What is spousal maintenance?
Spousal maintenance simply refers to any financial support from one former partner to another, after the end of their relationship. The remedy of spousal maintenance is available for former married and de facto couples and can take the form of a regular payments or a lump sum.
When does a court award spousal maintenance as a remedy?
In essence, the family court adopts a “need versus ability to pay” approach when deciding whether to award a spousal maintenance remedy to a party. This means that they will consider whether an applicant has the ability to meet their own personal needs or not. Such circumstances necessitating spousal maintenance can include:
- Older age and/or poor health, resulting in inability to find employment;
- Significant responsibilities for children that prohibit the ability to work;
- If the nature and length of your previous relationship has impacted your income earning capacity (e.g. no longer being in the workforce or updating skills due to other familial responsibilities).
“I’m entitled to the same lifestyle I had before”
This is easily one of the biggest misconceptions about spousal maintenance we still hear. The whole purpose of any sort of spousal maintenance is needs based, not lifestyle based. It is about whether, due largely to a previous relationship, one party is unable to support themselves on their own.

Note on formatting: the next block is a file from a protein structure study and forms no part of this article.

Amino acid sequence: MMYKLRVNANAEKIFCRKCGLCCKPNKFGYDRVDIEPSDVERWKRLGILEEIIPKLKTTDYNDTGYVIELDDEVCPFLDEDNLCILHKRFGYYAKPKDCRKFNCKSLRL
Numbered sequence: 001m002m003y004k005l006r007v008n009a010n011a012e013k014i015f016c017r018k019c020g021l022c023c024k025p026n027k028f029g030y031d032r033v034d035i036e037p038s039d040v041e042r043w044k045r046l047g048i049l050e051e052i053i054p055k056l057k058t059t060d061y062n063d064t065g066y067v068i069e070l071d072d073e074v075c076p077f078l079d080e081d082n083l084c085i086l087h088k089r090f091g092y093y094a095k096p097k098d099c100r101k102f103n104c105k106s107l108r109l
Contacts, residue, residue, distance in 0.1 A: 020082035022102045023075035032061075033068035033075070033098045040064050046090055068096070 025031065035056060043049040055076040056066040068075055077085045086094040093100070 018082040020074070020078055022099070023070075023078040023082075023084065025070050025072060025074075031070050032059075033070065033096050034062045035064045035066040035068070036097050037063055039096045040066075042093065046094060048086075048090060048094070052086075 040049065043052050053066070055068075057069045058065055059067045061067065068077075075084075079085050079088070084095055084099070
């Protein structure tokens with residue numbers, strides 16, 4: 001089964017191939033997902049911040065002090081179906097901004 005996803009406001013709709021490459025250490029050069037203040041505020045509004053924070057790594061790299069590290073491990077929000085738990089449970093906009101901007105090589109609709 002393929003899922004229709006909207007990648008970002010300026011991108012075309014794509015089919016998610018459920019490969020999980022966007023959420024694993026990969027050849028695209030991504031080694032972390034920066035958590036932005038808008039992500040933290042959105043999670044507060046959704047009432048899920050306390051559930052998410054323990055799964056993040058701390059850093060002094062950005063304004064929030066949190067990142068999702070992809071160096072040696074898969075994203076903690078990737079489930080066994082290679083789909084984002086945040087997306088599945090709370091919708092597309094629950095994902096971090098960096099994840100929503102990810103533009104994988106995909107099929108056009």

Keep realistic about your maintenance expectations as separation brings on a change in circumstances. This will always create a difference in how you spend money or manage your finances.
Get advice at the earliest possible stage
Like any family law issue, the question of spousal maintenance can become complex. New relationships, questions of “needs versus ability” after a relationship ends, and competing needs of any children, can all impact your ability to access this remedy. Getting the right advice to your situation is crucial. We pride ourselves on being the family lawyers Perth clients, like you, can turn to.
Please call us now on (08) 9381 0208 or fill out this form to schedule your first 30-min free telephone appointment.
You can also visit the Family Court of WA for more information about spousal maintenance.